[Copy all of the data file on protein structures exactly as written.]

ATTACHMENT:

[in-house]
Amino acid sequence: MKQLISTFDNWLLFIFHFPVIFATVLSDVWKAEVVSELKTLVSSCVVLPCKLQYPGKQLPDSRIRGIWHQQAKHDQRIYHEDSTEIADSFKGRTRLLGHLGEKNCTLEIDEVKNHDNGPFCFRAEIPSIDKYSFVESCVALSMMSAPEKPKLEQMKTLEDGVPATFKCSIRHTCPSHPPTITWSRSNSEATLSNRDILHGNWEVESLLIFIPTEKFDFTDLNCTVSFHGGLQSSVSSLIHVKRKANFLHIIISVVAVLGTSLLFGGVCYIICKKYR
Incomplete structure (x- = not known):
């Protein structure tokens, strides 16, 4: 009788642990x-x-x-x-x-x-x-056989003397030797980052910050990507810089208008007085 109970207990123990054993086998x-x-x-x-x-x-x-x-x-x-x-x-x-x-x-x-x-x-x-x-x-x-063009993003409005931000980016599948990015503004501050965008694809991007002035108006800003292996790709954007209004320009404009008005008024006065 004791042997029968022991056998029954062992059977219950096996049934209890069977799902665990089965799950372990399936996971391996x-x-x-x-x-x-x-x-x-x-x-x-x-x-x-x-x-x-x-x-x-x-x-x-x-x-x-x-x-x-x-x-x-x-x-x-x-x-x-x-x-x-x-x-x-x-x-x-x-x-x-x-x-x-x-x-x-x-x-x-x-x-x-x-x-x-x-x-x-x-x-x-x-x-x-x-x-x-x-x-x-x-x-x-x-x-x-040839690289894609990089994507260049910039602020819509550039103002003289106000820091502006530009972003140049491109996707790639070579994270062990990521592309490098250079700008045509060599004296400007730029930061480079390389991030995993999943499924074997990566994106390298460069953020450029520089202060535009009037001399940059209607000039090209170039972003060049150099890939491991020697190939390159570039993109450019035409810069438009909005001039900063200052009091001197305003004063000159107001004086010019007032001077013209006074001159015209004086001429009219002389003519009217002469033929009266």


[in-house]
Amino acid sequence: MKQLISTFDNWLLFIFHFPVIFATVLSDVWKAEVVSELKTLVSSCVVLPCKLQYPGKQLPDSRIRGIWHQQAKHDQRIYHEDSTEIADSFKGRTRLLGHLGEKNCTLEIDEVKNHDNGPFCFRAEIPSIDKYSFVESCVALSMMSAPEKPKLEQMKTLEDGVPATFKCSIRHTCPSHPPTITWSRSNSEATLSNRDILHGNWEVESLLIFIPTEKFDFTDLNCTVSFHGGLQSSVSSLIHVKRKANFLHIIISVVAVLGTSLLFGGVCYIICKKYR
Incomplete structure (x- = not known):
């Protein structure tokens, strides 16, 4: 009788642990x-x-x-x-x-x-x-056989003397030797980052910050990507810089208008007085 109970207990123990054993086998x-x-x-x-x-x-x-x-x-x-x-x-x-x-x-x-x-x-x-x-x-x-063009993003409005931000980016599948990015503004501050965008694809991007002035108006800003292996790709954007209004320009404009008005008024006065 004791042997029968022991056998029954062992059977219950096996049934209890069977799902665990089965799950372990399936996971391996x-x-x-x-x-x-x-x-x-x-x-x-x-x-x-x-x-x-x-x-x-x-x-x-x-x-x-x-x-x-x-x-x-x-x-x-x-x-x-x-x-x-x-x-x-x-x-x-x-x-x-x-x-x-x-x-x-x-x-x-x-x-x-x-x-x-x-x-x-x-x-x-x-x-x-x-x-x-x-x-x-x-x-x-x-x-x-040839690289894609990089994507260049910039602020819509550039103002003289106000820091502006530009972003140049491109996707790639070579994270062990990521592309490098250079700008045509060599004296400007730029930061480079390389991030995993999943499924074997990566994106390298460069953020450029520089202060535009009037001399940059209607000039090209170039972003060049150099890939491991020697190939390159570039993109450019035409810069438009909005001039900063200052009091001197305003004063000159107001004086010019007032001077013209006074001159015209004086001429009219002389003519009217002469033929009266």